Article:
On the road in Tanzania

The road to Arusha—a crossroads town on the route to Nairobi and the jumping-off point for most safaris—runs northwest from the coastal plain through sandy brush country to the mountain range that forms the northern border of Tanzania, leading to the Great Rift Valley and Mount Kilimanjaro (19,341 feet), the highest peak on the African continent and the highest free-standing mountain (not part of a range) in the world.

The 17th in a series of blogs about Semester at Sea, a round-the-world voyage with 600 students.  David Mould is the author of Postcards from Stanland: Journeys in Central Asia (Ohio University Press, 2016) and the upcoming (2019) Monsoon Postcards: Indian Ocean Journeys. Read excerpts at (Travel Blogs) or Facebook /PostcardsFromStanland/

It’s a heavily traveled route, used by trucks heading from Kenya and Uganda to the coast. For long distances, people travel in a minibus (shared taxi), a matutu. The word is derived from a Swahili colloquialism meaning three, but we were told that in practice it means “there’s always room for three more.” Although the road surface is well maintained, it’s a two-lane most of the way; despite frequent speed bumps, crashes are common, and on the return trip we saw several vehicles off the road. The danger of accidents is increased by the number of people on the road, most on foot, some on bicycles, carrying produce, firewood, building materials, farm tools. For women, the go-anywhere-hold-anything five-gallon plastic bucket (in blue, red, yellow or black) seems to have replaced the traditional basket or pitcher as the vessel of choice to carry on the head. 

Most rural people live on what they grow and raise—maize (corn), beans, sweet potatoes, bananas—with a few goats, cattle and chickens. Because of the tropical climate, farmers plant two crops a year; as we traveled northwest, fields were being burned in preparation for planting and the rains, due to start at the end of March and last until May. Most cash crops—tea, coffee, cashew nuts and sisal (which looks like a giant yucca plant or an upside-down pineapple)—are grown at higher altitudes on commercial farms and have a single growing season. 

We arrived in Arusha after nine hot hours on the road. At the hotel, some of the 70 students were welcomed by their parents, who had flown into Nairobi three days earlier to join us for the safari. We left the next morning—a total of 102 people, in 13 eight-passenger Toyota safari vans, each with a driver. Our driver was Franky.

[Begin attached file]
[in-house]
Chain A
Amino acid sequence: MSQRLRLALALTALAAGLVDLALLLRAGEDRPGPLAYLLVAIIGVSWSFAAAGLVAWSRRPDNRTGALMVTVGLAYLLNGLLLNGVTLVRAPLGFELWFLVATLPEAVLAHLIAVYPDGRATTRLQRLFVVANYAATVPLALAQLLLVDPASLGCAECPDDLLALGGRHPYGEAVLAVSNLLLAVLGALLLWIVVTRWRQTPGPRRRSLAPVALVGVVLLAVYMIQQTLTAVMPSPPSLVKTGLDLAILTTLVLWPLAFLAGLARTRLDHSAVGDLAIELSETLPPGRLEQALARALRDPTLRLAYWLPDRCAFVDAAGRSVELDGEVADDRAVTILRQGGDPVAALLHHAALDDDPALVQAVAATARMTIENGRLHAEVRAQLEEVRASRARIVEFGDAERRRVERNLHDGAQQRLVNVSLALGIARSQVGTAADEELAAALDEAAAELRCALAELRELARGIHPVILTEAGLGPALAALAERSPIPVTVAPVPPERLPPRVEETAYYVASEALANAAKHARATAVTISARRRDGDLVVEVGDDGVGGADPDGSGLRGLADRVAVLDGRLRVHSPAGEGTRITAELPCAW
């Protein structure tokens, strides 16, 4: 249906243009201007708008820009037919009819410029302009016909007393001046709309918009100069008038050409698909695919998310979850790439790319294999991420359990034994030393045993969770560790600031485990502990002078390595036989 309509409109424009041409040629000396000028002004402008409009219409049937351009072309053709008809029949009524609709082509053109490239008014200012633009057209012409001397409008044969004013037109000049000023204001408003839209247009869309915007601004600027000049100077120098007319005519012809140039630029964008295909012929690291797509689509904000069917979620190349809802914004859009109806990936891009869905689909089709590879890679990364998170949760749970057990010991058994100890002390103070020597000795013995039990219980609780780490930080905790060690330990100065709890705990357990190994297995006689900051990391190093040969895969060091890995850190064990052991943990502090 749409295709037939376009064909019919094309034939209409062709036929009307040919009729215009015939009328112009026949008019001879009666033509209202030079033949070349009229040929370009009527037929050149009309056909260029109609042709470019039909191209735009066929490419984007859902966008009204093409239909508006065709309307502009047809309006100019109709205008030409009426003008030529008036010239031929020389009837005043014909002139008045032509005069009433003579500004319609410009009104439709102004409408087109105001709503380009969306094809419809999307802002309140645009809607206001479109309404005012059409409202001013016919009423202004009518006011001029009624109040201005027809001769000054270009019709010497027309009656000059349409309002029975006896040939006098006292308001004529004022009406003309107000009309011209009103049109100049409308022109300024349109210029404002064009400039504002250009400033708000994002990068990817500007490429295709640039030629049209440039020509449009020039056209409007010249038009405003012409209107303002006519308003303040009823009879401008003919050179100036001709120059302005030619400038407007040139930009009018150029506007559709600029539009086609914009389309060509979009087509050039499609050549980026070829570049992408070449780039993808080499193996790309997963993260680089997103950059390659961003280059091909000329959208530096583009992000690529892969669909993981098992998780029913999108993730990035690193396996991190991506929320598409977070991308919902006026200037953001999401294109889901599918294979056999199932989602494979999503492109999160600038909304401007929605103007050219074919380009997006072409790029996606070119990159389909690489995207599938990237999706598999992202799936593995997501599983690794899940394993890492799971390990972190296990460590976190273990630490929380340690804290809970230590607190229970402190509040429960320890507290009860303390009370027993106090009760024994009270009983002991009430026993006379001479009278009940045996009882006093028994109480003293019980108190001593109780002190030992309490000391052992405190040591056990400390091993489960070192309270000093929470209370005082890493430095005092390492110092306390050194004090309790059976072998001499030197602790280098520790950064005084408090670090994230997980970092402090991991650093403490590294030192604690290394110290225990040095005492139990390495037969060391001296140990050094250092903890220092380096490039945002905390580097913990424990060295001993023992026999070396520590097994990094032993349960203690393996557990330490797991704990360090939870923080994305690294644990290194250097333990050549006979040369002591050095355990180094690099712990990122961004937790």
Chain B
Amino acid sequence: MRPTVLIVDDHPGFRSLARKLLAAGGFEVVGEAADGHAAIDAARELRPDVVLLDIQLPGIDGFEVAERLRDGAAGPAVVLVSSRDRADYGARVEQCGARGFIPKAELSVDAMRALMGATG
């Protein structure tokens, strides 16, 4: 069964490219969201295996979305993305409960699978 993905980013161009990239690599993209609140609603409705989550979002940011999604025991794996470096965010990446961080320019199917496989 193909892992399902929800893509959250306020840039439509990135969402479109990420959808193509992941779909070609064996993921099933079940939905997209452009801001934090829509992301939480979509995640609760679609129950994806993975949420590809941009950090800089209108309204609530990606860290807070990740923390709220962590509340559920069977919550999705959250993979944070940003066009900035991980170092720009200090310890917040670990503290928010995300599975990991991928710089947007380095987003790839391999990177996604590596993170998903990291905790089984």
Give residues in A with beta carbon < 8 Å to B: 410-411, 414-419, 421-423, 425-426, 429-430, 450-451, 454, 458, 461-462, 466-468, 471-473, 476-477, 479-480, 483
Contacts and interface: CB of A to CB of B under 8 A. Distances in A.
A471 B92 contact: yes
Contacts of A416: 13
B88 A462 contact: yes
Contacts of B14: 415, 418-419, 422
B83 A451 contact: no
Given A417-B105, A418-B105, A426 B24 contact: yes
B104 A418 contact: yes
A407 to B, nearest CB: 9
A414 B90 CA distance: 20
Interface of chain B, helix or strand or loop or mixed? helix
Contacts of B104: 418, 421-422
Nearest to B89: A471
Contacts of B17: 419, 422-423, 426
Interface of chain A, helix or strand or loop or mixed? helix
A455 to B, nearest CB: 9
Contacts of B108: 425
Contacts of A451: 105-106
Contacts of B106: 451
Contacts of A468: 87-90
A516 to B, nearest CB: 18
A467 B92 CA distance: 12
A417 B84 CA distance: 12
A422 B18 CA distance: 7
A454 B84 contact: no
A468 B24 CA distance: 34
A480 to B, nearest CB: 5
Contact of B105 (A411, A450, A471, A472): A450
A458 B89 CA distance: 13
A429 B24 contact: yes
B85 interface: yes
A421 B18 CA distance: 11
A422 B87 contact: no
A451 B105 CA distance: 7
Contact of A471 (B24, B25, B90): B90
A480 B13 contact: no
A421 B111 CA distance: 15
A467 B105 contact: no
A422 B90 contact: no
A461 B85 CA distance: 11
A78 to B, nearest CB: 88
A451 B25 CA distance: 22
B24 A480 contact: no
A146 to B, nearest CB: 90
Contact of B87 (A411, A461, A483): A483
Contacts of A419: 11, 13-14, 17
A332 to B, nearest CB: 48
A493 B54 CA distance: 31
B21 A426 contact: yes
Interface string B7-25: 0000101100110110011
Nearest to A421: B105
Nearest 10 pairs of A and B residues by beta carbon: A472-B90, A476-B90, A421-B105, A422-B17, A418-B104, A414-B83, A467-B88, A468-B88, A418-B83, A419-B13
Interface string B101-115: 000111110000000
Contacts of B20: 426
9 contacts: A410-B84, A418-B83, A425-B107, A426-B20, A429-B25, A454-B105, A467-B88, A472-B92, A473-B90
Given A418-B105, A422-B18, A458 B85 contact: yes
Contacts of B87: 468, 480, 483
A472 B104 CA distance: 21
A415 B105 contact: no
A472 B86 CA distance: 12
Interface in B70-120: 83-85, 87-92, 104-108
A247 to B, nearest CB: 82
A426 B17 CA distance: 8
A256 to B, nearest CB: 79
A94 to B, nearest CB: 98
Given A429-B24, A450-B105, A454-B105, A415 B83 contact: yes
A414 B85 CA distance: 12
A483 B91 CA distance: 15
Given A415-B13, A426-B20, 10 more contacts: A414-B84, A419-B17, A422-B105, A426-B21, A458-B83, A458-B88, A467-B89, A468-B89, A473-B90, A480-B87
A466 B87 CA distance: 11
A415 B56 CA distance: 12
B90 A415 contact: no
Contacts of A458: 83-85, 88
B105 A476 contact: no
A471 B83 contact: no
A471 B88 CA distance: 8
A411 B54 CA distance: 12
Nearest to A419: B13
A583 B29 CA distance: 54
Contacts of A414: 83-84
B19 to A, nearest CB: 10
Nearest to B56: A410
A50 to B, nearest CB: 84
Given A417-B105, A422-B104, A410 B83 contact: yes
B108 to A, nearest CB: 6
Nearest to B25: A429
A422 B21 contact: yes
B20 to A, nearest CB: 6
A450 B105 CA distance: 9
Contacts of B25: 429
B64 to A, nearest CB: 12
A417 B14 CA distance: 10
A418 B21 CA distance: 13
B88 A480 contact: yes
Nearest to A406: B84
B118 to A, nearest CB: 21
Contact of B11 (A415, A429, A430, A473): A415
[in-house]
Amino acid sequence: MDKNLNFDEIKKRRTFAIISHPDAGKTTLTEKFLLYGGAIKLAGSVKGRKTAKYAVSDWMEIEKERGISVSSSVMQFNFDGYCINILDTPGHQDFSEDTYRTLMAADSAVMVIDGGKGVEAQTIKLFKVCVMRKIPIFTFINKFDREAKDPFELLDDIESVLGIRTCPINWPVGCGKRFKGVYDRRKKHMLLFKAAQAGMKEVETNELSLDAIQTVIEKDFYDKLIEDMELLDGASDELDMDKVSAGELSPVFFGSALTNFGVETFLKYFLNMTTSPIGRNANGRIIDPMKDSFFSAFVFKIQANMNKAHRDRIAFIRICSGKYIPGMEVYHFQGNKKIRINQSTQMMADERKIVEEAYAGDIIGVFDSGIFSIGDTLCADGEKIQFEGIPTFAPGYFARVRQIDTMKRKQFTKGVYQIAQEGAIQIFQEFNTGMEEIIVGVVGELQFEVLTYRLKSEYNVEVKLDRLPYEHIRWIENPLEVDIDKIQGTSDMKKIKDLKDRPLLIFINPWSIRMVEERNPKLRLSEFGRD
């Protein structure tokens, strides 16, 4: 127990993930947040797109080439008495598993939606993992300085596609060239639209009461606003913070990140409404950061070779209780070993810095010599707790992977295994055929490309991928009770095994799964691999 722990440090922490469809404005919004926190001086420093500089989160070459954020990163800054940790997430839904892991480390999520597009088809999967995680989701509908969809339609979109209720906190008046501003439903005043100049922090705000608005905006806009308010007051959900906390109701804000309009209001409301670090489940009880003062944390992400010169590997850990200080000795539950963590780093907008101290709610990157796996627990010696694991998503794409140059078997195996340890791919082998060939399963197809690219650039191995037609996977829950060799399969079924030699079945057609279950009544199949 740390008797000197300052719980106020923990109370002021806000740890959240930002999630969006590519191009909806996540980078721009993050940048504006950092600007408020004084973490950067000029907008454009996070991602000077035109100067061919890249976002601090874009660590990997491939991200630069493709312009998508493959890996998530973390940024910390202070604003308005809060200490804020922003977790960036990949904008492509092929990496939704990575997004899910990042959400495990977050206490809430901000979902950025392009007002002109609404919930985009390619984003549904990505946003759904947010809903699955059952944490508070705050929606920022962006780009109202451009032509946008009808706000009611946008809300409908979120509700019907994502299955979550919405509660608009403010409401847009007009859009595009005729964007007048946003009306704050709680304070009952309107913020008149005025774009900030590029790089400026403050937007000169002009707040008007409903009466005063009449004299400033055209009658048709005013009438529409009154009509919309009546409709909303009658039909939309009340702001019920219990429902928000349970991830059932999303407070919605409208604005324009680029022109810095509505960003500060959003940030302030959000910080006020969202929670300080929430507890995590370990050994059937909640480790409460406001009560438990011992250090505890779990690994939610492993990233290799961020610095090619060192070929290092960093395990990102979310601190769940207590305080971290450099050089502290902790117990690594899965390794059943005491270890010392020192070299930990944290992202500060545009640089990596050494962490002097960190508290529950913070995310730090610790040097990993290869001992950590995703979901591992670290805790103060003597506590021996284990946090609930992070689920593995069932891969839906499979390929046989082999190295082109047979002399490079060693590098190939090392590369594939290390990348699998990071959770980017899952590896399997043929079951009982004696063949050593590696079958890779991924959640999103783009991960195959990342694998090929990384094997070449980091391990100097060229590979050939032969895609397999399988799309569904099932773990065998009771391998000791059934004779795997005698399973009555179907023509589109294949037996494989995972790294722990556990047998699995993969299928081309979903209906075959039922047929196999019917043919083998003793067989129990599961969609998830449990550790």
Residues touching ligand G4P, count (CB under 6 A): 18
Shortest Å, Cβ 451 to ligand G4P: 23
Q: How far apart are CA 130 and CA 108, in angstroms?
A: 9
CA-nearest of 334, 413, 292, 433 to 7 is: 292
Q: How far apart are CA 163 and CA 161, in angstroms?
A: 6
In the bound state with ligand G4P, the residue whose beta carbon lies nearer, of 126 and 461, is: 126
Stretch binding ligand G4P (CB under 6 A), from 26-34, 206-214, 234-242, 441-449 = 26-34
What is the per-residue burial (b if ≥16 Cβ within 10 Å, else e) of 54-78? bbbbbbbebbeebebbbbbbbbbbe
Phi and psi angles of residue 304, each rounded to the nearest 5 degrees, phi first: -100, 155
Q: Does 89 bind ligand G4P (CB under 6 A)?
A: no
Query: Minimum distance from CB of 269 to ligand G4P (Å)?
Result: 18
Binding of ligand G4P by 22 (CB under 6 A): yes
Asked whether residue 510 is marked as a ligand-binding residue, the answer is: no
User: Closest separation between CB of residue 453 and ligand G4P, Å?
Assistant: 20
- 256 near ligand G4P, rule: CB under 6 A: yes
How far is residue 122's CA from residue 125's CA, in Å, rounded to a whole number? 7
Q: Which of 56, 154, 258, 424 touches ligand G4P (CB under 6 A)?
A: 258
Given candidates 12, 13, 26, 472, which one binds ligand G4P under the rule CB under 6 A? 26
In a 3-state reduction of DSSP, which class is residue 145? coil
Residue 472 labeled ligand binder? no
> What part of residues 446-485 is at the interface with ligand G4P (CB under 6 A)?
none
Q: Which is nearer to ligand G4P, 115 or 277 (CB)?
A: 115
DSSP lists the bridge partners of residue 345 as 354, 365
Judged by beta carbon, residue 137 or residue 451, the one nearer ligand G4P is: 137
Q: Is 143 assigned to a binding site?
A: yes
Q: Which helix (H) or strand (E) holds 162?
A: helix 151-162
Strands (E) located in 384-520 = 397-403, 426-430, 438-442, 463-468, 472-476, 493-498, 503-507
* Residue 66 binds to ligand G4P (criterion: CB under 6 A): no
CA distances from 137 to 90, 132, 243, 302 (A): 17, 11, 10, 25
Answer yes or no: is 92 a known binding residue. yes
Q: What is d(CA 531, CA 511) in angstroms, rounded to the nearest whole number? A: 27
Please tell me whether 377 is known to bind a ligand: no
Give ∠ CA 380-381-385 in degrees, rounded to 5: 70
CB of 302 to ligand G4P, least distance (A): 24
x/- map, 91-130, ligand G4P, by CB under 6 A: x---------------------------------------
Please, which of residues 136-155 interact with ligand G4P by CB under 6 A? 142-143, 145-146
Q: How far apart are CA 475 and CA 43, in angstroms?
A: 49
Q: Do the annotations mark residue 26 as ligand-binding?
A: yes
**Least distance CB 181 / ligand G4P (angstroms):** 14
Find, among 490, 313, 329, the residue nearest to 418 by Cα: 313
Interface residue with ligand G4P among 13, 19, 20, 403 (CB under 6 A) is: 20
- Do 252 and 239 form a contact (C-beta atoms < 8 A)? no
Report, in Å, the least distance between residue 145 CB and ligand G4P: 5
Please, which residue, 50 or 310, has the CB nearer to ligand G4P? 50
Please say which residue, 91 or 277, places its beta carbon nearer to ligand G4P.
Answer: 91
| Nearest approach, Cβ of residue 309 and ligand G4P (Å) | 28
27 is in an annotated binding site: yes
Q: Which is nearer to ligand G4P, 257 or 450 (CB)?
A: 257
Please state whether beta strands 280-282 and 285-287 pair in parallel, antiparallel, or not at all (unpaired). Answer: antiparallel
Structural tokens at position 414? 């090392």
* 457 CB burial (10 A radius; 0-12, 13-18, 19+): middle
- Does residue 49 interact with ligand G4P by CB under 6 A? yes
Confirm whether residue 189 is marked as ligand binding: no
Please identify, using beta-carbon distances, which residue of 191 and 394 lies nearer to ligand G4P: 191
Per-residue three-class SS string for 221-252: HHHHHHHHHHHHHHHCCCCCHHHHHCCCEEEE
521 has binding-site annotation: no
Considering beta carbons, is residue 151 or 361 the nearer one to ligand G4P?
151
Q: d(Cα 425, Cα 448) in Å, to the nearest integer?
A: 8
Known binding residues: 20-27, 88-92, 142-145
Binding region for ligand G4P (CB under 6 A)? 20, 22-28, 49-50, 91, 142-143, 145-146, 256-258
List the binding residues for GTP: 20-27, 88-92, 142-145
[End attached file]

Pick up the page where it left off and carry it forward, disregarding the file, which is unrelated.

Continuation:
An hour out of Arusha, we turned off the main road. It was the last blacktop we would see for three days. Safari guides delight in telling you that there are three types of roads in Tanzania—the good, the bad and the ugly. For those three days, our travel was on the bad-ugly continuum. There’s a positive side to the problem: rutted, rocky roads (impassable during the rainy season) deter tourists from driving cars into wildlife preserves. Who wants a flat tire or an overheated radiator when you’ve stopped to photograph the lions? The parks restrict vehicles to those with safari guides, so most are four-wheel drives. Still, the going was tough. Franky reckoned that most vans did not last more than four years on the safari circuit. Some end up in Dar, where they have a few extra years of useful life as matutus.

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By early evening, we reached our first safari destination. The 100 square mile Ngorongoro Crater, created by volcanic and rock movements in the Rift Valley, is one of the great natural wonders of the world. Because it’s relatively isolated, it’s a haven for wildlife. From the observation deck of the Ngorongoro Wildlife Lodge before dinner, we scanned the crater floor, 2,000 feet below, with binoculars. Herds of wildebeest and Cape buffalo were on the move. We saw two elephants and a white rhino. It was exciting to think that next morning we would be in the crater itself. After a mildly exotic dinner, featuring barbecued gazelle kebabs (on the chewy side) and roast warthog with barbecue sauce, we turned in early. You can’t lounge around in bed when animals are waiting to be seen. The wake-up call was at 5:30 a.m.

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In the early-morning light, we descended a winding, rocky road to the floor of the crater.  Everywhere we looked, there were animals—herds of zebras, wildebeest, Cape buffalo, Thompson’s gazelles, flocks of flamingoes. We watched a group of hippos, keeping cool in a pool. As they shifted to find more comfortable positions, often resting their heads on others, our cameras clicked away at huge yawns and what looked like contented grins.

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Then Franky got a call from another safari driver—a rare black rhinoceros had been sighted. We sped off to the location. Poaching has vastly reduced the population of black rhinos in the crater. Their horns fetch a high price on Asian markets where they’re ground into powder, mixed with other substances, and sold to males who believe the potion will increase their virility.

Next week: Safari blues